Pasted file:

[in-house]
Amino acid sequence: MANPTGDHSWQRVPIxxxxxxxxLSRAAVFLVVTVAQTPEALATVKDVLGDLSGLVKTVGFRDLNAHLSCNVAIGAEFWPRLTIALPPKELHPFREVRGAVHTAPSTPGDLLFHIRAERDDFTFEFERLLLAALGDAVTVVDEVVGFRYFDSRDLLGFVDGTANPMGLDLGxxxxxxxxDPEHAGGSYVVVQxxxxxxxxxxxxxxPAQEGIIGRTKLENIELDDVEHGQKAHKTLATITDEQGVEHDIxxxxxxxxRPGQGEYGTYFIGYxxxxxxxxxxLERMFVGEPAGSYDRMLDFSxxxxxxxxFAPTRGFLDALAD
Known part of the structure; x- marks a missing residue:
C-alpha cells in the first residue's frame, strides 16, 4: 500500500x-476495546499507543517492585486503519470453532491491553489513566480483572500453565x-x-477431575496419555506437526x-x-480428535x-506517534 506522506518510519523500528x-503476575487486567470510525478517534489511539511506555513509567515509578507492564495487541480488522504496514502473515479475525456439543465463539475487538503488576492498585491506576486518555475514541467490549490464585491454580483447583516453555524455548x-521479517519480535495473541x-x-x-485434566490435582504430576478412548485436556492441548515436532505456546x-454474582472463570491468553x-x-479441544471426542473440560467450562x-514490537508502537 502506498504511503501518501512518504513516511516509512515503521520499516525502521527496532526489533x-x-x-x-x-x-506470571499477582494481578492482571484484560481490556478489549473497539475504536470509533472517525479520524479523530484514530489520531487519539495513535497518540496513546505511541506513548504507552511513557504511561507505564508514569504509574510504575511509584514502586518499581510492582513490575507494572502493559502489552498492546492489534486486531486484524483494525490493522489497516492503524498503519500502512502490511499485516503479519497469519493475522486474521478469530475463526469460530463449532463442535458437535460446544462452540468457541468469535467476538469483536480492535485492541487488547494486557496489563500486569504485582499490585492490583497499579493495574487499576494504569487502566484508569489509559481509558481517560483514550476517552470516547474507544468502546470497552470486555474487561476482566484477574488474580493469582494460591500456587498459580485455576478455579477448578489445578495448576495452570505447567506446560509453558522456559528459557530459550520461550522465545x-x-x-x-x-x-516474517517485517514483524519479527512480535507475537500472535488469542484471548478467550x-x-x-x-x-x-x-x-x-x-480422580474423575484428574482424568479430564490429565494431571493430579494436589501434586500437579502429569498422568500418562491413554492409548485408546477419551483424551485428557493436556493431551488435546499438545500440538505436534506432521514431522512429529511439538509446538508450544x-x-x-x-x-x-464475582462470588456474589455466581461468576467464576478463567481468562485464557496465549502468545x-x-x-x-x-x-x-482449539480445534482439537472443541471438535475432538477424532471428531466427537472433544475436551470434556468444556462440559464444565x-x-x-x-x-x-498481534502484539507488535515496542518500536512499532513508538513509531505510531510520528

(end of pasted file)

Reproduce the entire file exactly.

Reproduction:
[in-house]
Amino acid sequence: MANPTGDHSWQRVPIxxxxxxxxLSRAAVFLVVTVAQTPEALATVKDVLGDLSGLVKTVGFRDLNAHLSCNVAIGAEFWPRLTIALPPKELHPFREVRGAVHTAPSTPGDLLFHIRAERDDFTFEFERLLLAALGDAVTVVDEVVGFRYFDSRDLLGFVDGTANPMGLDLGxxxxxxxxDPEHAGGSYVVVQxxxxxxxxxxxxxxPAQEGIIGRTKLENIELDDVEHGQKAHKTLATITDEQGVEHDIxxxxxxxxRPGQGEYGTYFIGYxxxxxxxxxxLERMFVGEPAGSYDRMLDFSxxxxxxxxFAPTRGFLDALAD
Known part of the structure; x- marks a missing residue:
C-alpha cells in the first residue's frame, strides 16, 4: 500500500x-476495546499507543517492585486503519470453532491491553489513566480483572500453565x-x-477431575496419555506437526x-x-480428535x-506517534 506522506518510519523500528x-503476575487486567470510525478517534489511539511506555513509567515509578507492564495487541480488522504496514502473515479475525456439543465463539475487538503488576492498585491506576486518555475514541467490549490464585491454580483447583516453555524455548x-521479517519480535495473541x-x-x-485434566490435582504430576478412548485436556492441548515436532505456546x-454474582472463570491468553x-x-479441544471426542473440560467450562x-514490537508502537 502506498504511503501518501512518504513516511516509512515503521520499516525502521527496532526489533x-x-x-x-x-x-506470571499477582494481578492482571484484560481490556478489549473497539475504536470509533472517525479520524479523530484514530489520531487519539495513535497518540496513546505511541506513548504507552511513557504511561507505564508514569504509574510504575511509584514502586518499581510492582513490575507494572502493559502489552498492546492489534486486531486484524483494525490493522489497516492503524498503519500502512502490511499485516503479519497469519493475522486474521478469530475463526469460530463449532463442535458437535460446544462452540468457541468469535467476538469483536480492535485492541487488547494486557496489563500486569504485582499490585492490583497499579493495574487499576494504569487502566484508569489509559481509558481517560483514550476517552470516547474507544468502546470497552470486555474487561476482566484477574488474580493469582494460591500456587498459580485455576478455579477448578489445578495448576495452570505447567506446560509453558522456559528459557530459550520461550522465545x-x-x-x-x-x-516474517517485517514483524519479527512480535507475537500472535488469542484471548478467550x-x-x-x-x-x-x-x-x-x-480422580474423575484428574482424568479430564490429565494431571493430579494436589501434586500437579502429569498422568500418562491413554492409548485408546477419551483424551485428557493436556493431551488435546499438545500440538505436534506432521514431522512429529511439538509446538508450544x-x-x-x-x-x-464475582462470588456474589455466581461468576467464576478463567481468562485464557496465549502468545x-x-x-x-x-x-x-482449539480445534482439537472443541471438535475432538477424532471428531466427537472433544475436551470434556468444556462440559464444565x-x-x-x-x-x-498481534502484539507488535515496542518500536512499532513508538513509531505510531510520528